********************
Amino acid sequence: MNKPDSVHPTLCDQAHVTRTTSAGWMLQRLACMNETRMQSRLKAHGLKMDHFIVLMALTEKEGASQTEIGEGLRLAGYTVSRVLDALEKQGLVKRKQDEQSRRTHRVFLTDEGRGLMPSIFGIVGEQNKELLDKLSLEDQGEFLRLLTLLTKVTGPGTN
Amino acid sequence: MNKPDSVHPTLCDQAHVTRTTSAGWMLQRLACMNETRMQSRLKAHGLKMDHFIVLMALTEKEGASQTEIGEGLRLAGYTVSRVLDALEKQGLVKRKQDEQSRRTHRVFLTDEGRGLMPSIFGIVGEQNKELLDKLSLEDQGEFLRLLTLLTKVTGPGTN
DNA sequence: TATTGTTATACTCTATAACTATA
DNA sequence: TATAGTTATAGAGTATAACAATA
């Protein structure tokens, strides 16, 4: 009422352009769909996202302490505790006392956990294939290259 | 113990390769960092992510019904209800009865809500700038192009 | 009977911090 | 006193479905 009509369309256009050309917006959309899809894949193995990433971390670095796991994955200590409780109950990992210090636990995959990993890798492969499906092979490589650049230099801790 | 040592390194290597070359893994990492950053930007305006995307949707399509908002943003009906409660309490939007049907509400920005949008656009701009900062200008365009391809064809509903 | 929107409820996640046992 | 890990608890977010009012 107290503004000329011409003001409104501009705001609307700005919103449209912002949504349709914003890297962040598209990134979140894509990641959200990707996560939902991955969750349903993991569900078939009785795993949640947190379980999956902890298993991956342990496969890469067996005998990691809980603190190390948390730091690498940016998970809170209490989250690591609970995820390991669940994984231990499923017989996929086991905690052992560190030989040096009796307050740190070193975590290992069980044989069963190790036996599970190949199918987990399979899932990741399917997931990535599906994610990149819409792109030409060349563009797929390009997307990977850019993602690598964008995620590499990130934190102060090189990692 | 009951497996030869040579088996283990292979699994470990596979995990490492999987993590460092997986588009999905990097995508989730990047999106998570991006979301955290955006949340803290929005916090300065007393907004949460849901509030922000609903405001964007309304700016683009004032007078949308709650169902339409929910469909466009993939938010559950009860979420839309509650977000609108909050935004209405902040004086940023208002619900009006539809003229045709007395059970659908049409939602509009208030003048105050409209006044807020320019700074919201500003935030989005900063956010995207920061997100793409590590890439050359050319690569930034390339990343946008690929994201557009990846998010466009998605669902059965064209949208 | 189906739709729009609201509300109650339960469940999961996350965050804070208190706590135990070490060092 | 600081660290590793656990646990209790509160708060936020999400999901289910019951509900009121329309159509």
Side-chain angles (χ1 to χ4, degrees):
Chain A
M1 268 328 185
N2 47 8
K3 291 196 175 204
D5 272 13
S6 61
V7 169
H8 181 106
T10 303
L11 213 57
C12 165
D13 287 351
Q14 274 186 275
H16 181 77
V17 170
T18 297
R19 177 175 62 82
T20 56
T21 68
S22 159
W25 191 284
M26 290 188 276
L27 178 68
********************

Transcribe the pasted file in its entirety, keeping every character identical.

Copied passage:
Amino acid sequence: MNKPDSVHPTLCDQAHVTRTTSAGWMLQRLACMNETRMQSRLKAHGLKMDHFIVLMALTEKEGASQTEIGEGLRLAGYTVSRVLDALEKQGLVKRKQDEQSRRTHRVFLTDEGRGLMPSIFGIVGEQNKELLDKLSLEDQGEFLRLLTLLTKVTGPGTN
Amino acid sequence: MNKPDSVHPTLCDQAHVTRTTSAGWMLQRLACMNETRMQSRLKAHGLKMDHFIVLMALTEKEGASQTEIGEGLRLAGYTVSRVLDALEKQGLVKRKQDEQSRRTHRVFLTDEGRGLMPSIFGIVGEQNKELLDKLSLEDQGEFLRLLTLLTKVTGPGTN
DNA sequence: TATTGTTATACTCTATAACTATA
DNA sequence: TATAGTTATAGAGTATAACAATA
């Protein structure tokens, strides 16, 4: 009422352009769909996202302490505790006392956990294939290259 | 113990390769960092992510019904209800009865809500700038192009 | 009977911090 | 006193479905 009509369309256009050309917006959309899809894949193995990433971390670095796991994955200590409780109950990992210090636990995959990993890798492969499906092979490589650049230099801790 | 040592390194290597070359893994990492950053930007305006995307949707399509908002943003009906409660309490939007049907509400920005949008656009701009900062200008365009391809064809509903 | 929107409820996640046992 | 890990608890977010009012 107290503004000329011409003001409104501009705001609307700005919103449209912002949504349709914003890297962040598209990134979140894509990641959200990707996560939902991955969750349903993991569900078939009785795993949640947190379980999956902890298993991956342990496969890469067996005998990691809980603190190390948390730091690498940016998970809170209490989250690591609970995820390991669940994984231990499923017989996929086991905690052992560190030989040096009796307050740190070193975590290992069980044989069963190790036996599970190949199918987990399979899932990741399917997931990535599906994610990149819409792109030409060349563009797929390009997307990977850019993602690598964008995620590499990130934190102060090189990692 | 009951497996030869040579088996283990292979699994470990596979995990490492999987993590460092997986588009999905990097995508989730990047999106998570991006979301955290955006949340803290929005916090300065007393907004949460849901509030922000609903405001964007309304700016683009004032007078949308709650169902339409929910469909466009993939938010559950009860979420839309509650977000609108909050935004209405902040004086940023208002619900009006539809003229045709007395059970659908049409939602509009208030003048105050409209006044807020320019700074919201500003935030989005900063956010995207920061997100793409590590890439050359050319690569930034390339990343946008690929994201557009990846998010466009998605669902059965064209949208 | 189906739709729009609201509300109650339960469940999961996350965050804070208190706590135990070490060092 | 600081660290590793656990646990209790509160708060936020999400999901289910019951509900009121329309159509």
Side-chain angles (χ1 to χ4, degrees):
Chain A
M1 268 328 185
N2 47 8
K3 291 196 175 204
D5 272 13
S6 61
V7 169
H8 181 106
T10 303
L11 213 57
C12 165
D13 287 351
Q14 274 186 275
H16 181 77
V17 170
T18 297
R19 177 175 62 82
T20 56
T21 68
S22 159
W25 191 284
M26 290 188 276
L27 178 68